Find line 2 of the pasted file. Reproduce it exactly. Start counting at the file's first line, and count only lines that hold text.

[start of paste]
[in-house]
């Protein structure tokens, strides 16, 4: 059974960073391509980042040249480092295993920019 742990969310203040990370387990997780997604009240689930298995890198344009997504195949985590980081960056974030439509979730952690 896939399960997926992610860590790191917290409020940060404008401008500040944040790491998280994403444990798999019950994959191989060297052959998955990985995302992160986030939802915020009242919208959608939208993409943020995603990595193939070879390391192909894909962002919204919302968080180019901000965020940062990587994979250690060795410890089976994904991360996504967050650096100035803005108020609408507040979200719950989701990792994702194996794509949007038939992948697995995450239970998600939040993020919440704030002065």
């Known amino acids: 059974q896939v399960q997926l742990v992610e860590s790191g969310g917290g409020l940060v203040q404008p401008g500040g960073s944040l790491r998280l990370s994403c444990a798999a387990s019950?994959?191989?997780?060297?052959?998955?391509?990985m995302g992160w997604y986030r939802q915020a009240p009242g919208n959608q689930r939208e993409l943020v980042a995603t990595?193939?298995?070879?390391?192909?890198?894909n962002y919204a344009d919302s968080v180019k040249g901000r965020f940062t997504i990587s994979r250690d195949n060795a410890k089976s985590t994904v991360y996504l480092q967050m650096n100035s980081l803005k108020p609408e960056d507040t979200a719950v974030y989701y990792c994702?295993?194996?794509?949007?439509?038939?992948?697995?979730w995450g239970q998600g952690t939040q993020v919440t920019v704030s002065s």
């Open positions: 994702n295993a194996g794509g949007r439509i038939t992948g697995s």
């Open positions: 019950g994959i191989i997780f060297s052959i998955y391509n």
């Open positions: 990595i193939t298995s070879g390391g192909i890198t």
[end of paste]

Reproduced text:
């Protein structure tokens, strides 16, 4: 059974960073391509980042040249480092295993920019 742990969310203040990370387990997780997604009240689930298995890198344009997504195949985590980081960056974030439509979730952690 896939399960997926992610860590790191917290409020940060404008401008500040944040790491998280994403444990798999019950994959191989060297052959998955990985995302992160986030939802915020009242919208959608939208993409943020995603990595193939070879390391192909894909962002919204919302968080180019901000965020940062990587994979250690060795410890089976994904991360996504967050650096100035803005108020609408507040979200719950989701990792994702194996794509949007038939992948697995995450239970998600939040993020919440704030002065």